Pubblicato in: Devoluzione socialismo, Giustizia, Stati Uniti

Usa. Suprema Corte. I migranti entrati illegalmente non possono chiedere la ‘green cards’. – Nbc.

Giuseppe Sandro Mela.

2021-06-15.

Suprema Corte

«Supreme Court unanimously rules against immigrants with temporary status»

«Justice Elena Kagan wrote for the court that federal immigration law prohibits people who entered the country illegally and now have Temporary Protected Status from seeking “green cards” to remain in the country permanently»

«A unanimous Supreme Court ruled Monday that thousands of people living in the U.S. for humanitarian reasons are ineligible to apply to become permanent residents»

«The designation applies to people who come from countries ravaged by war or disaster»

«There are 400,000 people from 12 countries with TPS status»

«people who entered the country illegally and were given humanitarian protections were ever “admitted” into the United States under immigration law»

«So the conferral of TPS does not make an unlawful entrant…eligible” for a green card»

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È corretto giudizio giuridico che i migranti entrati nello stato illegalmente non possano accedere ad un permesso di residenza a tempo indefinito: la Corte Suprema non può per evidenti motivi legalizzare la illegalità.

Si nota soltanto che quando codesta tesi era stata sostenuta da Mr Trump i liberal democratici ne fecero grande scalpore, bollandolo di essere razzista e negazionista degli “human rights”.

Adesso, finalmente, la Corte Suprema ha posta fine a questa indegna diatriba.

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Supreme Court unanimously rules against immigrants with temporary status

Justice Elena Kagan wrote for the court that federal immigration law prohibits people who entered the country illegally and now have Temporary Protected Status from seeking “green cards” to remain in the country permanently.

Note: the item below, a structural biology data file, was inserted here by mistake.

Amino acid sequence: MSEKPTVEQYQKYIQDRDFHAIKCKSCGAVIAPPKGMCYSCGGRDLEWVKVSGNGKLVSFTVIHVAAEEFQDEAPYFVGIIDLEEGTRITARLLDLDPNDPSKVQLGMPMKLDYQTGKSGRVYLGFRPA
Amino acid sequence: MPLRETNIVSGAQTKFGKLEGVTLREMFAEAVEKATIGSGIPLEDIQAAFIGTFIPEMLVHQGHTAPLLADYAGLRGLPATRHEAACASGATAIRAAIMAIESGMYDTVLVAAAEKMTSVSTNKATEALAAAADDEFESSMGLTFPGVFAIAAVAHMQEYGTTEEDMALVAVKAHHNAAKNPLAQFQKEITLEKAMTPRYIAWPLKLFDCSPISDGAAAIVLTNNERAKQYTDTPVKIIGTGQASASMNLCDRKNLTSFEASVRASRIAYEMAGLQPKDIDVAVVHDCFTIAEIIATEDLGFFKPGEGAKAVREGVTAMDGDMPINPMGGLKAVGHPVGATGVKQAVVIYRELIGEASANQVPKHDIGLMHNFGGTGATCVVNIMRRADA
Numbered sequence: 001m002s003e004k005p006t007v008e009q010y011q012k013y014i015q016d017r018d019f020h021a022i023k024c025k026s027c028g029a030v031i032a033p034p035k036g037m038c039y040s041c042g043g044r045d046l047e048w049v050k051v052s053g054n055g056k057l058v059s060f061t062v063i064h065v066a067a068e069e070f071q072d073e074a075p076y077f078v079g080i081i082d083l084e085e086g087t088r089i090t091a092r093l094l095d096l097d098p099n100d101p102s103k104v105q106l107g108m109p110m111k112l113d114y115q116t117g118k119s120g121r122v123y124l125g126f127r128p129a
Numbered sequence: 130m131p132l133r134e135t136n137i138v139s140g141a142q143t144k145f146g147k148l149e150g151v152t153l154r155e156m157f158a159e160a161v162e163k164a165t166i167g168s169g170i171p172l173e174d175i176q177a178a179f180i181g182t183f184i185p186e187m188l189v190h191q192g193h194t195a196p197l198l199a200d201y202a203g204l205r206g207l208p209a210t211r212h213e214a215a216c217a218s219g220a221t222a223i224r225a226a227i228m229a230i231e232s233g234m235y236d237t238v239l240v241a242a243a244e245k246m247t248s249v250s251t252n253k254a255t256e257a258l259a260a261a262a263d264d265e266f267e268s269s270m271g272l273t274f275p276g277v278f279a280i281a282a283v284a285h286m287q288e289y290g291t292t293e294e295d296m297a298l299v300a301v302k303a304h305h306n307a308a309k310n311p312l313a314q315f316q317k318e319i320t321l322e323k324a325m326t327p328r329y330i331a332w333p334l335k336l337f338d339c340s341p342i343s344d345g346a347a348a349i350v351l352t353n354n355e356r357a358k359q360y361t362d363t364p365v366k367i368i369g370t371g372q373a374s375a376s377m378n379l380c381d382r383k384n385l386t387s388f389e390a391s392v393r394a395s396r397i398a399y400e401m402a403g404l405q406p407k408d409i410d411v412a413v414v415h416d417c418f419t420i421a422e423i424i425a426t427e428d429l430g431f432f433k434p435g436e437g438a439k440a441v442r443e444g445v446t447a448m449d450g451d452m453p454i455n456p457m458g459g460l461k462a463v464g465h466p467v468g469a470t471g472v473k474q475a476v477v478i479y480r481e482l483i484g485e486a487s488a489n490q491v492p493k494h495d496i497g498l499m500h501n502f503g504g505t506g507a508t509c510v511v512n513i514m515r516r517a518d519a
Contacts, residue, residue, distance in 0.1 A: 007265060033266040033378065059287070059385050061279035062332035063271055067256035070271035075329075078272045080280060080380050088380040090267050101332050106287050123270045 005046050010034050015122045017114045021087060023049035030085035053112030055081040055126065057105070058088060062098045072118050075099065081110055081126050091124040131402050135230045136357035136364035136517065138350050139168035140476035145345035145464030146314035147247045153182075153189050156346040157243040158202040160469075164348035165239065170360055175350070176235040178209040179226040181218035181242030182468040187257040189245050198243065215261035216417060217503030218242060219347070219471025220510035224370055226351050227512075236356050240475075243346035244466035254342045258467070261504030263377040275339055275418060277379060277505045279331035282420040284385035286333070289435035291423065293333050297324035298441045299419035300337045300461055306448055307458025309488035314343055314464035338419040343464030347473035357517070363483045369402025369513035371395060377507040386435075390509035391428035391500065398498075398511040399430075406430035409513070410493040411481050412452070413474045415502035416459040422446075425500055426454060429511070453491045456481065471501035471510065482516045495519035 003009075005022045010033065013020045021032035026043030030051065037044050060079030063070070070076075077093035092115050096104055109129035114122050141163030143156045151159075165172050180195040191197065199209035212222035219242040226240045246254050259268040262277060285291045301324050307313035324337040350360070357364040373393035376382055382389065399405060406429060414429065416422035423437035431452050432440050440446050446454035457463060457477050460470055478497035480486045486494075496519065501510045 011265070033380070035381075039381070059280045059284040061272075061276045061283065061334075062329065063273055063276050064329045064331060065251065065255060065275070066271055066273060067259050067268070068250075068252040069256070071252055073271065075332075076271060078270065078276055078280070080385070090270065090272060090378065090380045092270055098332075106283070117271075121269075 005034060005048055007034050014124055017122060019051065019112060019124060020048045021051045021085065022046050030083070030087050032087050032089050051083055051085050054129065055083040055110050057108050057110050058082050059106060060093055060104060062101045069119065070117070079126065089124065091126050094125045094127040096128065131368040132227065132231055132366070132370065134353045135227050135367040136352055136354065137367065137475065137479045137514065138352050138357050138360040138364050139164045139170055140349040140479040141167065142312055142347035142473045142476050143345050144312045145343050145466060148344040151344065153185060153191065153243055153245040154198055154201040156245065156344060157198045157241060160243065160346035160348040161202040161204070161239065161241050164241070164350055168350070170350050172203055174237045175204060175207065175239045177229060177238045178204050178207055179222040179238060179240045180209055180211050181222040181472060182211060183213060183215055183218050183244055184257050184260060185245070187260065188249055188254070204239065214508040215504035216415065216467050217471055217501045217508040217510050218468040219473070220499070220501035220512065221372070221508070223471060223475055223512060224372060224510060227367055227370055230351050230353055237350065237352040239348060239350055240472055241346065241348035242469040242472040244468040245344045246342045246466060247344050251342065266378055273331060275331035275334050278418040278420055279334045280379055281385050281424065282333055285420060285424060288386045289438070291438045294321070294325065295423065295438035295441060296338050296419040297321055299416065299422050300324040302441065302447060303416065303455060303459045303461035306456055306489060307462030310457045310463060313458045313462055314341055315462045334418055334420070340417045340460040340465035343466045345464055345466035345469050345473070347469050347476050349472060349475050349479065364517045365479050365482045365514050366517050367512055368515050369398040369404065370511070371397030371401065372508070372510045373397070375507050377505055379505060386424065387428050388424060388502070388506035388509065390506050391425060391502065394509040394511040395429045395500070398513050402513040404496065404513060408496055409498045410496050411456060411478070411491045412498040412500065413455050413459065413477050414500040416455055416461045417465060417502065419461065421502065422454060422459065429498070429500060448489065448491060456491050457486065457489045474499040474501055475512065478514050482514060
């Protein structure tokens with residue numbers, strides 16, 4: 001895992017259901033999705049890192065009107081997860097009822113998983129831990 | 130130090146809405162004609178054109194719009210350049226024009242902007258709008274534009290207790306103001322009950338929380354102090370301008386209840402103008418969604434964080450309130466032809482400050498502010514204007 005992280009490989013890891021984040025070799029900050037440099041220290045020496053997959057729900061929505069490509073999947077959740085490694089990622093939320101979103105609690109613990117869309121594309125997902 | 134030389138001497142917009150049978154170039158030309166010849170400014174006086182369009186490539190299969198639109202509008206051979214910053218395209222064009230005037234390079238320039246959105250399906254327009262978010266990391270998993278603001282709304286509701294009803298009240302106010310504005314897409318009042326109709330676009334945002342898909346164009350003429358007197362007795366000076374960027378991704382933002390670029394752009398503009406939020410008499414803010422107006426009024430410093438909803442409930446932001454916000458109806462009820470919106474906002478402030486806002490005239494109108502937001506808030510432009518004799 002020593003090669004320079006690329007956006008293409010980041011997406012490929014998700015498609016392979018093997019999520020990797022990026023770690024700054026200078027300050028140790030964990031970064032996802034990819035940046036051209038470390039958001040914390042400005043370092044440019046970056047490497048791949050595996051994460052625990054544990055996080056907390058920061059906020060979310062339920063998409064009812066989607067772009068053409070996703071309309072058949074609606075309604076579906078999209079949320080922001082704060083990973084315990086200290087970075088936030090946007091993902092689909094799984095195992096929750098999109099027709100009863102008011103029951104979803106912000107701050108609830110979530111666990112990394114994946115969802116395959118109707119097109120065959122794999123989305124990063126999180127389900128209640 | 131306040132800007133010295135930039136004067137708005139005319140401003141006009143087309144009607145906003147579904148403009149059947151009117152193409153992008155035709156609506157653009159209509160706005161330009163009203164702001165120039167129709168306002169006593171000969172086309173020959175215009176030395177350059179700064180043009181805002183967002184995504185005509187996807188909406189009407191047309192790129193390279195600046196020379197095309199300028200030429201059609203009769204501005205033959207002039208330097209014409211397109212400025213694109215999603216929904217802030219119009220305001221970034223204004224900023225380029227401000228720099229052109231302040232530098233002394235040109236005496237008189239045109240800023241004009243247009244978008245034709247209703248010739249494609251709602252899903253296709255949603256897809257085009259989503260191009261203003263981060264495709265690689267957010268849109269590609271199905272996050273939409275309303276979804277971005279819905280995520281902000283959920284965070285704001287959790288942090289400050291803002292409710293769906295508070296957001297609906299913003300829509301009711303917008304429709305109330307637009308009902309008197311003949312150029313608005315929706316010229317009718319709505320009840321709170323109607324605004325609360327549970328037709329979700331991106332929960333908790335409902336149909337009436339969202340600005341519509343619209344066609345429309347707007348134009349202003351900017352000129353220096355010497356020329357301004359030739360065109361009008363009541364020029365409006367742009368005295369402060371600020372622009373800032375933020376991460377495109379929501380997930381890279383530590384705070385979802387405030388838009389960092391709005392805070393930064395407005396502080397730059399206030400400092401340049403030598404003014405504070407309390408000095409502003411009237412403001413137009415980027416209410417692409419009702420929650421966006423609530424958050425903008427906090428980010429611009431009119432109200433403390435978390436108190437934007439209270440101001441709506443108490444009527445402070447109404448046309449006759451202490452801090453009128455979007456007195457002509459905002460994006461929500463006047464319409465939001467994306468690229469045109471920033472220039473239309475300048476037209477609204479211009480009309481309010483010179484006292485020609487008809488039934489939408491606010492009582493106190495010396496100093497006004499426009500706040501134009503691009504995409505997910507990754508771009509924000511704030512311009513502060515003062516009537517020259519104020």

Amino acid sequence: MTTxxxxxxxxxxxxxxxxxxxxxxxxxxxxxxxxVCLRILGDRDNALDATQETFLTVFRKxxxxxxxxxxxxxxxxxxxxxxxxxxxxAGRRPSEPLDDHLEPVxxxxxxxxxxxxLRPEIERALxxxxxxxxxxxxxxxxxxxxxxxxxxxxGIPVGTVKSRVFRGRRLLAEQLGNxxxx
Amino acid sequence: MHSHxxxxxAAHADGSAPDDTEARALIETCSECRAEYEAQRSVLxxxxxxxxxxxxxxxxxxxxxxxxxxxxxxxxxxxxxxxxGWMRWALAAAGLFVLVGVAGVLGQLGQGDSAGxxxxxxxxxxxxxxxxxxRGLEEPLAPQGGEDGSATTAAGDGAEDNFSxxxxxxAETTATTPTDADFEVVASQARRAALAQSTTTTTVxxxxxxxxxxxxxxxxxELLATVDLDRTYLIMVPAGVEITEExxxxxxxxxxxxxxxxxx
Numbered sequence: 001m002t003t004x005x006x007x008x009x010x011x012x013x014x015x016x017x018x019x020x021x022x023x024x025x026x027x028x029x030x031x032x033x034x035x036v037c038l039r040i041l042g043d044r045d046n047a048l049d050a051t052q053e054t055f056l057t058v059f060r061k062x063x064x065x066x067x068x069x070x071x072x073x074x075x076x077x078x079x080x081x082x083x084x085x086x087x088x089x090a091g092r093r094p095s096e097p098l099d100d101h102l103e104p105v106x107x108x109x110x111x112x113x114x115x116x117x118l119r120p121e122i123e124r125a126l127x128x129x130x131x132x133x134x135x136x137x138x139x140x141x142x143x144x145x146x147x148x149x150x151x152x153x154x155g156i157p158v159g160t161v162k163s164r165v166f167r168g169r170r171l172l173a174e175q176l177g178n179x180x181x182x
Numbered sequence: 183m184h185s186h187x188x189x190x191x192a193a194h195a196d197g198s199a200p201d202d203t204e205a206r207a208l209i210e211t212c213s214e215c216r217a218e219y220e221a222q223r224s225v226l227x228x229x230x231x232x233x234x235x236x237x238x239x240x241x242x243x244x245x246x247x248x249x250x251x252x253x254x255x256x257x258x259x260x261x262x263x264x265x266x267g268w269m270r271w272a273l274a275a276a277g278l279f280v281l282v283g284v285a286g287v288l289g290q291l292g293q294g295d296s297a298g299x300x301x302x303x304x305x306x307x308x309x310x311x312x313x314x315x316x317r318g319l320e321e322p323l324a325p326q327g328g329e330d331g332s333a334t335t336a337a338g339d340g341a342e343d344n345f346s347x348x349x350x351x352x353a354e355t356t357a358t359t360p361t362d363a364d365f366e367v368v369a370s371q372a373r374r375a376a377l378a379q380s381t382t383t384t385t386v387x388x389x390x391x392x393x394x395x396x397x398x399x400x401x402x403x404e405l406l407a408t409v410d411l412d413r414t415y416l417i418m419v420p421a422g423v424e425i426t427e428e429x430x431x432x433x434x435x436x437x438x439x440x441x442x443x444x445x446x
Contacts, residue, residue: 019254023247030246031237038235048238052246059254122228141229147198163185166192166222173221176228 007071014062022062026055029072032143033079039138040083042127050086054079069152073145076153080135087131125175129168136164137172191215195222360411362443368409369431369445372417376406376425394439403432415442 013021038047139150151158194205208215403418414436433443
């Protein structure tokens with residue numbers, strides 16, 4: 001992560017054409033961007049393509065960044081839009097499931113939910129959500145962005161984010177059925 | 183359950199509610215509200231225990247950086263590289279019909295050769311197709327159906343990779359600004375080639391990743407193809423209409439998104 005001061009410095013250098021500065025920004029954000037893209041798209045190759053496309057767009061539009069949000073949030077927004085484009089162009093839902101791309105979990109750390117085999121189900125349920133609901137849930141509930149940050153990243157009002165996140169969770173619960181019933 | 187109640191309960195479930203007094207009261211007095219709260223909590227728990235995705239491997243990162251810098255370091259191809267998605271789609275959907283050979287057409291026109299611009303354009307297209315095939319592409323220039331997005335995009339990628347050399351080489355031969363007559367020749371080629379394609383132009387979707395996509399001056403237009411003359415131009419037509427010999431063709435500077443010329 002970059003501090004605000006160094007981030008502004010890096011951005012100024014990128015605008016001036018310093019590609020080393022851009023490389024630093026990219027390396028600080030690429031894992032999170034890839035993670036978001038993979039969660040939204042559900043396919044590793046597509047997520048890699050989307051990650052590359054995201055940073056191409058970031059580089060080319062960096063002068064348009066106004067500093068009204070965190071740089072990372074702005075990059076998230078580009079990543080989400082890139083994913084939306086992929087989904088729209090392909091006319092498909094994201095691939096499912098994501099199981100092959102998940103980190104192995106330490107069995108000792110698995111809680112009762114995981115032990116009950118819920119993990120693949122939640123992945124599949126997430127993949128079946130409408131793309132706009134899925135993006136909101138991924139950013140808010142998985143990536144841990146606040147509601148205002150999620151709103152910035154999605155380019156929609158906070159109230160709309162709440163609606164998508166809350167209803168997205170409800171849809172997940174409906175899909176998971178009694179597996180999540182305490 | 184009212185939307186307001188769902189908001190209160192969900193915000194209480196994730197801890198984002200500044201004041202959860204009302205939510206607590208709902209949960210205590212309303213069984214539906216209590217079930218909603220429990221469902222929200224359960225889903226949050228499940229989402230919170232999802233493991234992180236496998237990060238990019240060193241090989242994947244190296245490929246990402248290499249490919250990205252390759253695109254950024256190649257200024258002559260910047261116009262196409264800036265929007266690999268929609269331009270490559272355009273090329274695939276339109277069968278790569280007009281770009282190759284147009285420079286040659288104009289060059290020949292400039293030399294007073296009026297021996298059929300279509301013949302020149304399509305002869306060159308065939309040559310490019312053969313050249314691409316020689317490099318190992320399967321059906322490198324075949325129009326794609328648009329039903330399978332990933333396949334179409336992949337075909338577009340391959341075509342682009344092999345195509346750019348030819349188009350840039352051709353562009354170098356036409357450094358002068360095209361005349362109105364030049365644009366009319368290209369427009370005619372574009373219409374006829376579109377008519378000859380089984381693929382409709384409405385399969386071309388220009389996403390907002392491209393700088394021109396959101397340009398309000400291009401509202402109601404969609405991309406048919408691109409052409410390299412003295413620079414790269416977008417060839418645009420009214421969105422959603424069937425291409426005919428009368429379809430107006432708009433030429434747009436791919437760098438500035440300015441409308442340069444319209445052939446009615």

Washington — A unanimous Supreme Court ruled Monday that thousands of people living in the U.S. for humanitarian reasons are ineligible to apply to become permanent residents.

Justice Elena Kagan wrote for the court that federal immigration law prohibits people who entered the country illegally and now have Temporary Protected Status from seeking “green cards” to remain in the country permanently.

The designation applies to people who come from countries ravaged by war or disaster. It protects them from deportation and allows them to work legally. There are 400,000 people from 12 countries with TPS status.

The outcome in a case involving a couple from El Salvador who have been in the U.S. since the early 1990s turned on whether people who entered the country illegally and were given humanitarian protections were ever “admitted” into the United States under immigration law.

Kagan wrote that they were not. “The TPS program gives foreign nationals nonimmigrant status, but it does not admit them. So the conferral of TPS does not make an unlawful entrant…eligible” for a green card, she wrote.

The House of Representatives already has passed legislation that would make it possible for TPS recipients to become permanent residents, Kagan noted. The bill faces uncertain prospects in the Senate.